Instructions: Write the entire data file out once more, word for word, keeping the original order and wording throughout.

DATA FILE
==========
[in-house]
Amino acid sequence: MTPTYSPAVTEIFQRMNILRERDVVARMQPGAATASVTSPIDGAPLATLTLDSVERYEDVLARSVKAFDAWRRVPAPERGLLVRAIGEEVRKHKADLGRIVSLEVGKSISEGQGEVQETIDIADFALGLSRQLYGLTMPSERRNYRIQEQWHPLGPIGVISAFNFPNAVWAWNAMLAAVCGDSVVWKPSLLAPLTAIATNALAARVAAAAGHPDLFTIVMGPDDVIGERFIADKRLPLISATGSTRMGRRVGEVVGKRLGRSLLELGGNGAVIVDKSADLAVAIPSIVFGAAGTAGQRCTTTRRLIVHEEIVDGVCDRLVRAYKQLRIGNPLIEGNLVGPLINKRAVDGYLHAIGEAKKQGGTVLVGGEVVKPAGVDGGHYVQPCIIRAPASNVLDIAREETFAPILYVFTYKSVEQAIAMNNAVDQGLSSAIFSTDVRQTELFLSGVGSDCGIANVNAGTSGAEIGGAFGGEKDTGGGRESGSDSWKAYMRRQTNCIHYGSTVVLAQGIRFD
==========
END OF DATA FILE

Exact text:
[in-house]
Amino acid sequence: MTPTYSPAVTEIFQRMNILRERDVVARMQPGAATASVTSPIDGAPLATLTLDSVERYEDVLARSVKAFDAWRRVPAPERGLLVRAIGEEVRKHKADLGRIVSLEVGKSISEGQGEVQETIDIADFALGLSRQLYGLTMPSERRNYRIQEQWHPLGPIGVISAFNFPNAVWAWNAMLAAVCGDSVVWKPSLLAPLTAIATNALAARVAAAAGHPDLFTIVMGPDDVIGERFIADKRLPLISATGSTRMGRRVGEVVGKRLGRSLLELGGNGAVIVDKSADLAVAIPSIVFGAAGTAGQRCTTTRRLIVHEEIVDGVCDRLVRAYKQLRIGNPLIEGNLVGPLINKRAVDGYLHAIGEAKKQGGTVLVGGEVVKPAGVDGGHYVQPCIIRAPASNVLDIAREETFAPILYVFTYKSVEQAIAMNNAVDQGLSSAIFSTDVRQTELFLSGVGSDCGIANVNAGTSGAEIGGAFGGEKDTGGGRESGSDSWKAYMRRQTNCIHYGSTVVLAQGIRFD